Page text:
One of the biggest questions I get asked as a PT is what foods are good and bad for me? Eating healthy has never been so confusing. Low-fat, sugar-free, all natural — what’s the deal?
Fancy packaging and fancy advertising campaigns makes it tricky for hungry customers when it comes to eating well (and who doesn’t want to be healthy?). In fact, 64% of customers are influenced by healthy food products, according to research that I have come across. And eight out of 10 adults have made some effort to eat healthier within the last year. But with so many options and so little time, it’s hard to tell what’s actually good for you and what’s just a health fad.
But don’t stress about your next weekly shopping trip just yet. I have spoken with a couple nutritionists/medical professionals to get their thoughts on which foods are actually not as healthy as they appear, and what to replace them with. Be prepared to be Bamboozeled !!!!
You might want to rethink those bits of crunchy goodness that make your yogurt more interesting.
People think of granola as healthy because they think whole grain, but the problem with granola is that it tends to also have a lot of sugar and its often cooked with oil or butter and some kind of fat. Between the fat and the sugar, granola is a calorie-dense food. For example, a normal serving of Nature Valley’s Oats ‘n Honey granola is half a cup and will run you 210 calories, and the problem here is that most of us don’t stop at just half a cup — no judgement here, it’s difficult to do.
The energy from this food is a quick kind of false energy from the food. In my opinion the best way to get real sustained energy is to be eating minimally processed, whole natural food that don’t have added sugar.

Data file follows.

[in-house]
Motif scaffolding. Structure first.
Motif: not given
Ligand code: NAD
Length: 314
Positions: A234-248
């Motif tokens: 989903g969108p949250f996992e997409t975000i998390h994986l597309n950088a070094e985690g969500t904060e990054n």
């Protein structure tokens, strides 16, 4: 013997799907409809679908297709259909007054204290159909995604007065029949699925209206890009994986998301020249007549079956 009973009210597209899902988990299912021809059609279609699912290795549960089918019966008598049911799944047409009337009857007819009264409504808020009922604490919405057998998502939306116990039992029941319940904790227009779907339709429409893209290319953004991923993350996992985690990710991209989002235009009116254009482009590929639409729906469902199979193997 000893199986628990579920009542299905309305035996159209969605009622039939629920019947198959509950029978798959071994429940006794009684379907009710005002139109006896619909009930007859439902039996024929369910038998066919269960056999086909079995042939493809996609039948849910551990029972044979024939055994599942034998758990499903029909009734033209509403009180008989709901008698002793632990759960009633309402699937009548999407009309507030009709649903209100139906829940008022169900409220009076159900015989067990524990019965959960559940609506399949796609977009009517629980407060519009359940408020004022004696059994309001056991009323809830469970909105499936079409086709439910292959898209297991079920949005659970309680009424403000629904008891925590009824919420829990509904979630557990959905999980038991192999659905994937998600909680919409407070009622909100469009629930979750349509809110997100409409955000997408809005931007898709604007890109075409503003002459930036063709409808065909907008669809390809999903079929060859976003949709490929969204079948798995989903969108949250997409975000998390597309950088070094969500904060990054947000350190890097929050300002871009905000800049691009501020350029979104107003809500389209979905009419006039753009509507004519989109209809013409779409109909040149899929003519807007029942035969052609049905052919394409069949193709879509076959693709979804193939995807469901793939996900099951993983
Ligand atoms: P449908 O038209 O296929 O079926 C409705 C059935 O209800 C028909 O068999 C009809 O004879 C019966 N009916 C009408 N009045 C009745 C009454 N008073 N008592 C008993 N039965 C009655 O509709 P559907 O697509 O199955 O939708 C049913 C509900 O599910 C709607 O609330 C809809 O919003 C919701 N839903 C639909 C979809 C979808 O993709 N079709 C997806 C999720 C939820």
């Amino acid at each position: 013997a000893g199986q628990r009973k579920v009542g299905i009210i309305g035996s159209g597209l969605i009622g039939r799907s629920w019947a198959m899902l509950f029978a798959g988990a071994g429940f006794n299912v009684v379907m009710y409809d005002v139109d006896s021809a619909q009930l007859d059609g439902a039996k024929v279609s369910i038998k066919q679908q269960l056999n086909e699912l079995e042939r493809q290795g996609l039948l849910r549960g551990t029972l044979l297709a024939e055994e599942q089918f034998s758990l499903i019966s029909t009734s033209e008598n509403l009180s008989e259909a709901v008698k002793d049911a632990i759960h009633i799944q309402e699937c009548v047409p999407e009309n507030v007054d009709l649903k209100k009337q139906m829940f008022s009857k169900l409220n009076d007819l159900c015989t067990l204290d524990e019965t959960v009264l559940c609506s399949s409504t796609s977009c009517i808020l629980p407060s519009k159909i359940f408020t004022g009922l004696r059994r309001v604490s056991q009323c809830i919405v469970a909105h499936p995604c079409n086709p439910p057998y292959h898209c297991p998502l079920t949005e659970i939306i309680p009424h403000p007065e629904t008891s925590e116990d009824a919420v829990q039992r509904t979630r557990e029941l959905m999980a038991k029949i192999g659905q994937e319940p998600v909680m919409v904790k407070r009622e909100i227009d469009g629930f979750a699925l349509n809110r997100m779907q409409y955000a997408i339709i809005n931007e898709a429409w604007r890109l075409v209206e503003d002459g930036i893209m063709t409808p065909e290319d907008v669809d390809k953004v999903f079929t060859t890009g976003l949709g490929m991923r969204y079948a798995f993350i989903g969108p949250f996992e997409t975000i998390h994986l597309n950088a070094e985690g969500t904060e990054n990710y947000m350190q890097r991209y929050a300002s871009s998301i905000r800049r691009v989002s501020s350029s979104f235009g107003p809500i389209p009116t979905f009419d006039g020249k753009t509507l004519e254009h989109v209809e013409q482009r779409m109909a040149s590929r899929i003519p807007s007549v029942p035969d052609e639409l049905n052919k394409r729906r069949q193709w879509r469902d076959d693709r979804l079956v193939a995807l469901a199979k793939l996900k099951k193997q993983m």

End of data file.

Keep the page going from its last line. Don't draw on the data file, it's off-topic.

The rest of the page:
2. Smoothies or juice
One of the biggest health fads going on right now is in liquid form. You know, those expensive and refreshing kale juices and smoothies.
When you juice fruit, you strip out the fibre, causing a more rapid spike in blood sugars and insulin. Juicing multiple fruits at once is definitely too much sugar from the fructose. To be more satisified, people eat a salad or a pear or apple with its skin still on, and to spread out fruit and veggie intake throughout the day.
Please don’t drink your calories!!!!
3. Chicken cooked in restaurants
When we think of healthy protein, chicken often comes to mind. However, I will warn you that when eating out at restaurants that those chicken dishes could possibly be loaded with calories from being cooked in large amounts of butter and oil and accessorized with lots of salt and cream. Take Nandos for instance, they are a major culprit of this. Its healthy-sounding lemon-herb roasted chicken is around 600-700 calories, depending on what sauces you add to it.
I would rather clients cook chicken at home, which keeps the health level under control and then makes chicken a great source of protein.
4. Energy/snack bars
When you’re in a rush, you’re probably tempted to grab one of the many varieties of energy bars to keep you full.
Many energy bars are similar to chocolate bars. They often have a chocolate or yogurt coating and contain a ton of chemicals and artificial sweeteners. Many of these bars contain about 20 ingredients, some including corn syrup, sugar, food dyes, and palm oil. And they don’t even make up for it with enough minerals and vitamins. Instead, the best snack options are fresh fruits, raw nuts and natural nut butters.
5. Reduced-fat peanut butter
Peanut butter is known for being high in protein and calories, so some might be tempted with the option of reduced fat. Well, don’t be.
According to one of the medical professionals I spoke to, natural full-fat peanut butter is your best bet, since reduced fat actually has added sugar to make up for taste.
6. Multi-grain Bread or Pasta
If seven grain is healthy, 12 grain must be even better, right? Not quite! Multi-grain just means that there are two or more grains present in the pasta or bread. It has nothing to do with how refined the flour base used is, and if it’s white, that means it has been stripped of most of its nutrients.
Instead, look for 100% whole wheat, which means that all of the grain kernel has been used so you’re getting as much fibre and nutrients as possible.
If anyone has any questions on what I have written please feel free to DM or add comments. I hope you enjoy the blog.